Writing that blog-post about how hearing Aled Jones singing took me back to the garden of my childhood brought more memories of those times back to me. I feel, as I write this, the nostalgia of asking myself “Where are they now?”.
Our length of Dunstall Road, Wolverhampton, has changed very much since those days. We lived on the side between Christ Church (now a beautiful mosque) and a disappeared pub called “The Australian”. And the houses opposite our terraces were built long after our crumbling places, and those newer ones still stand and look good.
Our “community” – if that’s the word – stretched about 100 yards along our side of the road in both directions. And the people who lived there were of the same social-class as was my family. I got to know many of those hard-working folk as I grew towards my teens. Which is the reason for me asking myself that imponderable question.
Their faces, way of talking and other characteristics are as clear to me now as back then. There were some youngsters of my own age. There were grown-ups in all stages of maturity. There were nice, friendly folk who far outnumbered the one or two miseries.
As I’ve mentioned before on this blog, I was a bit of a solitary sort of kid. Though I played in the street with some of my peers, or mixed with them at Christ Church School in Leicester Street, I didn’t really see them as friends.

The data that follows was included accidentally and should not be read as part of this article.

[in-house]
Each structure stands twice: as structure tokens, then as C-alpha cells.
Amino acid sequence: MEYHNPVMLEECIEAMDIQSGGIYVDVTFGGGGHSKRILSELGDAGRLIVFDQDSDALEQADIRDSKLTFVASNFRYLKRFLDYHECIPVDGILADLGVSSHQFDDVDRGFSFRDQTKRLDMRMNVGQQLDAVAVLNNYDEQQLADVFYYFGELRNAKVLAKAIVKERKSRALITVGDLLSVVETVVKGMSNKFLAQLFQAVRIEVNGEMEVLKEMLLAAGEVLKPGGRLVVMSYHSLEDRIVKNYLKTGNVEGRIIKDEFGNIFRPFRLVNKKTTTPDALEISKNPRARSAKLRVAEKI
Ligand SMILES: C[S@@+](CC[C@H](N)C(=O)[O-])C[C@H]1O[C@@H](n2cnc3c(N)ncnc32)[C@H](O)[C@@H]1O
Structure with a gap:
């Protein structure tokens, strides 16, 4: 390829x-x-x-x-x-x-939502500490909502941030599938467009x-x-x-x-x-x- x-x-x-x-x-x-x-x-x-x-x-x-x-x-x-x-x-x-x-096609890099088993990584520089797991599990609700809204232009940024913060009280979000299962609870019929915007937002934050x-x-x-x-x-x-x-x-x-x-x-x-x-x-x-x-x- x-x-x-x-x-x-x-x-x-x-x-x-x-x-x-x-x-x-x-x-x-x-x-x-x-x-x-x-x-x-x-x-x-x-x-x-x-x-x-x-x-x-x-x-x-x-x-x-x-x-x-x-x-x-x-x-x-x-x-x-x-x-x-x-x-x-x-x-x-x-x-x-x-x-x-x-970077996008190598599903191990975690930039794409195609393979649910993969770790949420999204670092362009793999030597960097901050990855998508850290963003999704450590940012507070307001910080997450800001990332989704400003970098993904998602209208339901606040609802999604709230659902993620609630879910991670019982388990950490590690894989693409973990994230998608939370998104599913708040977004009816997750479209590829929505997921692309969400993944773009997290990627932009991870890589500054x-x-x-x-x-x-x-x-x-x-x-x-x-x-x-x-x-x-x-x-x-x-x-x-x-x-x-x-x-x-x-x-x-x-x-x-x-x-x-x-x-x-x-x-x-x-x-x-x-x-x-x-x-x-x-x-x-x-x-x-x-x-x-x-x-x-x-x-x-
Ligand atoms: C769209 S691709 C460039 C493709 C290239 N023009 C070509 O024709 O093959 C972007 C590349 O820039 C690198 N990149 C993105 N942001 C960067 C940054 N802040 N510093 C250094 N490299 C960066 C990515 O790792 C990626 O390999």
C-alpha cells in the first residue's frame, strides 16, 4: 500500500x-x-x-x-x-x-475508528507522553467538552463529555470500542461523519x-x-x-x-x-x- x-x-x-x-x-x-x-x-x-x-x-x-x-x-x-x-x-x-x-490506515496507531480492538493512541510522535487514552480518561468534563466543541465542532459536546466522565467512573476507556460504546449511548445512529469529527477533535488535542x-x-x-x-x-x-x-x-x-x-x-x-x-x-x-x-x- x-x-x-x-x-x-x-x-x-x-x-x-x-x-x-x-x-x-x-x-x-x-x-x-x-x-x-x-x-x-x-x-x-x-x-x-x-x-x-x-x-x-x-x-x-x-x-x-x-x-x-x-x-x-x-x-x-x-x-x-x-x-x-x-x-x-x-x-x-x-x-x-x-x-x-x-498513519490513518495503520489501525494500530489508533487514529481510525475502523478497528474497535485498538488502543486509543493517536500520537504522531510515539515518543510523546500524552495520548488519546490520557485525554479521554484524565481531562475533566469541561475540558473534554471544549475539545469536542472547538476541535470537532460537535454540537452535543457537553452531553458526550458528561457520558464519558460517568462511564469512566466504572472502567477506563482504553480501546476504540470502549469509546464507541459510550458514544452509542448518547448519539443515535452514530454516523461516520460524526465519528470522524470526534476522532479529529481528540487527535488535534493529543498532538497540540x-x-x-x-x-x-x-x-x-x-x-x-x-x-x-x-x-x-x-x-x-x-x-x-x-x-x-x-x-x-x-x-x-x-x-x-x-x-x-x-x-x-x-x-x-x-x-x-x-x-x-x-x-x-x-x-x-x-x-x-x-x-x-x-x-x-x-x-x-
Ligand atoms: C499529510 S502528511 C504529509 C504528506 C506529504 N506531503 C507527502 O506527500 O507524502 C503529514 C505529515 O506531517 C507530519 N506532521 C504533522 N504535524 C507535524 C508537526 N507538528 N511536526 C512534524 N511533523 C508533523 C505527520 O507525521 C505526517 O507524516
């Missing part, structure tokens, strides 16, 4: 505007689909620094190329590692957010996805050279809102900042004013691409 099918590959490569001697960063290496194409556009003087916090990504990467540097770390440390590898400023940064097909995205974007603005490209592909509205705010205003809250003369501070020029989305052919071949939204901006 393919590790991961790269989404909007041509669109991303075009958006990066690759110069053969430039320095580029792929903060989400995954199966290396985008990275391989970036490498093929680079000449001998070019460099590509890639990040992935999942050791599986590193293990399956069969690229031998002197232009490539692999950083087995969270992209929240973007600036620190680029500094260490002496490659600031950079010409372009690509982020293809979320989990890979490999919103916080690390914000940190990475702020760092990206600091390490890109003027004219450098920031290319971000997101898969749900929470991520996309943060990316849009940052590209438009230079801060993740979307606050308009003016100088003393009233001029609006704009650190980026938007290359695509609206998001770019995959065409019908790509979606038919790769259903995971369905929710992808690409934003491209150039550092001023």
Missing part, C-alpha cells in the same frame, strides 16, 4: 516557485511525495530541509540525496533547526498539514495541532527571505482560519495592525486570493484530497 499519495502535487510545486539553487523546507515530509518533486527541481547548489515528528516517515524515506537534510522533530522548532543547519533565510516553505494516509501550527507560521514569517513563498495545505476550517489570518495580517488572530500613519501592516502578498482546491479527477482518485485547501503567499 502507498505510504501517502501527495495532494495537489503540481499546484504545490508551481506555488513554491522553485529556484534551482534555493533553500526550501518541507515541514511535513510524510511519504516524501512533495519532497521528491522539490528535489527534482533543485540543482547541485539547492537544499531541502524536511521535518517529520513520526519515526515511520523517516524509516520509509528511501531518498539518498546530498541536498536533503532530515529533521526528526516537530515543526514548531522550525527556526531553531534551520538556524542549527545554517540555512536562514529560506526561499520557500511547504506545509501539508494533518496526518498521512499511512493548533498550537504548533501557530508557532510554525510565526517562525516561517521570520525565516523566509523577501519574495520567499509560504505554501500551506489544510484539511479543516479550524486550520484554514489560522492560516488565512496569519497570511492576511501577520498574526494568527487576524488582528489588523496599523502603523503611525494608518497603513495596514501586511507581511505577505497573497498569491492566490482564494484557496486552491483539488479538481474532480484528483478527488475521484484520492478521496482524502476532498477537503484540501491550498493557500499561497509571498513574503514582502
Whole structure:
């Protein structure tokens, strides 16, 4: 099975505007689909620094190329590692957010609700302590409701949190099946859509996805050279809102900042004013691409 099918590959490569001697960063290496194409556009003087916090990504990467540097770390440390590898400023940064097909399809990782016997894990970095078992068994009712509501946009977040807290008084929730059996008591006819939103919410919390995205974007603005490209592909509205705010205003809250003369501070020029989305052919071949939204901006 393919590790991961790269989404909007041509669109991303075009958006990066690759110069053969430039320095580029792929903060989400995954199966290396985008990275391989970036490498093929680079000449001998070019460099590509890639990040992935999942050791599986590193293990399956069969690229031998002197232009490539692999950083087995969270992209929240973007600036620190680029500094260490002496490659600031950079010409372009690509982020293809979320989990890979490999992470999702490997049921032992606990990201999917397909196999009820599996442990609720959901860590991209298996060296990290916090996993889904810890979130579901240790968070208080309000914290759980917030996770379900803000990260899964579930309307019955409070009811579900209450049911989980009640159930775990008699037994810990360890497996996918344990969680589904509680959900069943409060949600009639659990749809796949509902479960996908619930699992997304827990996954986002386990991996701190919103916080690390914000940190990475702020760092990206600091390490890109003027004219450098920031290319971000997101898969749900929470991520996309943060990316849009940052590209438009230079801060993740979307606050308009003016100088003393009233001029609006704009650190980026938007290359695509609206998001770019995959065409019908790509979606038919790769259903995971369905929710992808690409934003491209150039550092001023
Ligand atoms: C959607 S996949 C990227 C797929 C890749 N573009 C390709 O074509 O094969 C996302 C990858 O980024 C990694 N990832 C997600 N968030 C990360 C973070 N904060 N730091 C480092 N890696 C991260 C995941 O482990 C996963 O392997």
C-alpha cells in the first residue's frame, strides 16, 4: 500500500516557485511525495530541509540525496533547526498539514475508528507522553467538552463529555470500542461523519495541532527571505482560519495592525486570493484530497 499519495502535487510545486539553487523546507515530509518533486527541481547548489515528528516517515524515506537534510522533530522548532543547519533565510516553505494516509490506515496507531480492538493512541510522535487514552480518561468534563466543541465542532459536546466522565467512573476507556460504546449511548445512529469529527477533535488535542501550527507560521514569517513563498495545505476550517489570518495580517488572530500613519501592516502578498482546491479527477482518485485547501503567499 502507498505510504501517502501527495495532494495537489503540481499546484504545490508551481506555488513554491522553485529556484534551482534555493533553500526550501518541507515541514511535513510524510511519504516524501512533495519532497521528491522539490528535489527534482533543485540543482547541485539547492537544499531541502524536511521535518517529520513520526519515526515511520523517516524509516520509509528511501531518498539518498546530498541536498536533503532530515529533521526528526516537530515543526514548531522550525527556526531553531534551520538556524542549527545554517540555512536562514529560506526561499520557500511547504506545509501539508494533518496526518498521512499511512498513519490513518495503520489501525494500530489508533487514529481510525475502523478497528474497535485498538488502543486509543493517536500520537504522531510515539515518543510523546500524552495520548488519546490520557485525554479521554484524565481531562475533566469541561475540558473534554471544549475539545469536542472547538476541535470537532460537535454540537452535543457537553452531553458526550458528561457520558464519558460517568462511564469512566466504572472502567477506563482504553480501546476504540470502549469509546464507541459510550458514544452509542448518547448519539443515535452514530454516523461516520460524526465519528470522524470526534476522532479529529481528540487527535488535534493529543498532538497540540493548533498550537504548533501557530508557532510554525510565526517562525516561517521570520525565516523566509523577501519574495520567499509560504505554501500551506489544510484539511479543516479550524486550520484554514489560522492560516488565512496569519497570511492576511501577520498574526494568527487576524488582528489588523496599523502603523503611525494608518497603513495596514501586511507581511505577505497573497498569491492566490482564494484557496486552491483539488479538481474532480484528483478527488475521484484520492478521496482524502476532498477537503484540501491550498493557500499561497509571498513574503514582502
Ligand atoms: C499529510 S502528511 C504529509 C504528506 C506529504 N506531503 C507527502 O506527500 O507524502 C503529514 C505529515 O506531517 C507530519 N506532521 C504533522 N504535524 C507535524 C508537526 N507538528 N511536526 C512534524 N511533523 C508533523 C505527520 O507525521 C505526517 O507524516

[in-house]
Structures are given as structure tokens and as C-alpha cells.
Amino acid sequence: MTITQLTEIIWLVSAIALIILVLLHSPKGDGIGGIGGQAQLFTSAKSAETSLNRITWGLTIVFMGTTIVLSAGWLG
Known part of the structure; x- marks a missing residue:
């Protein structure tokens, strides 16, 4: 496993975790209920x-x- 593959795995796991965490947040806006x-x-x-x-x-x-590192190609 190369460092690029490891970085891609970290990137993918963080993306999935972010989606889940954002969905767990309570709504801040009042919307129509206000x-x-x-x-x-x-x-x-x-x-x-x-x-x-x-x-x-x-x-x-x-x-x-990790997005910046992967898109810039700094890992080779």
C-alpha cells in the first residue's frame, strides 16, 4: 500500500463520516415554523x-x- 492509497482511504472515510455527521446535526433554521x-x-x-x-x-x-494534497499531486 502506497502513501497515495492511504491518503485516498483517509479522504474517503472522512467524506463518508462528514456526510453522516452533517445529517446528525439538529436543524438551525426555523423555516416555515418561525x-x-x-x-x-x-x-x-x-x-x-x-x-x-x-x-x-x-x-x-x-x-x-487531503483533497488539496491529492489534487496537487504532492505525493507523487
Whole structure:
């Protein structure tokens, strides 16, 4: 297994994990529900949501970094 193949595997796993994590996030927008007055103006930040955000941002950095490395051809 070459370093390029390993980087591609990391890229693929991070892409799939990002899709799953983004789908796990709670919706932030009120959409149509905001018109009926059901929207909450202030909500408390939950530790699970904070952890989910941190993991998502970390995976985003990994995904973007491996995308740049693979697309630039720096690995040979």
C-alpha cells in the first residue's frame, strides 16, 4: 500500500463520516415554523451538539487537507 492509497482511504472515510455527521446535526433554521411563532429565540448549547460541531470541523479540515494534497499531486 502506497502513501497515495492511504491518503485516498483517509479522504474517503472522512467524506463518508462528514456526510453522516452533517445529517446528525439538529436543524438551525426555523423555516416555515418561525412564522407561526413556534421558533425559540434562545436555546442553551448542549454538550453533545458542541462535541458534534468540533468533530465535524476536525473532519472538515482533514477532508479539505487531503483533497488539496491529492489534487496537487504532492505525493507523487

For a while, I swapped comics – usually American ones which Mom got for me from a little shop in Evans Street – with a lad known as “Piglet” Smith. Vic – for that was his real name – lived round the corner in Staveley Road, and was a nice lad. But Mom said his family were “a bit funny” and put an end to our comic-swaps.
And my whole community, limited to our side of the street as it was, was neighbourly in the old-fashioned way. Like here in the little Welsh village where I live now, word-of-mouth updated local news. For instance, up the road lived one Billy Collins who liked little boys. He would try to lure us into his house with offers of sweets. He must have been very frustrated: the word had gone round about his “preferences” and our parents had warned us. Today, I suppose, communities have stronger ways of dealing with such men.
So that’s the sort of working-class community I grew up in. I did not keep in touch with anyone in the street when I went into the Army at nineteen, not even my cousins who lived in the same six-house “back” as us.
My life had changed so, so much by the time I was demobbed. And many of the neighbours who’d lived in our street seemed to have disappeared.
I wonder – often – if there’s anyone still around the Dunstall Road area who remembers those now distant days. So I ask, and even wrote a poem which asks “Where are they now?”.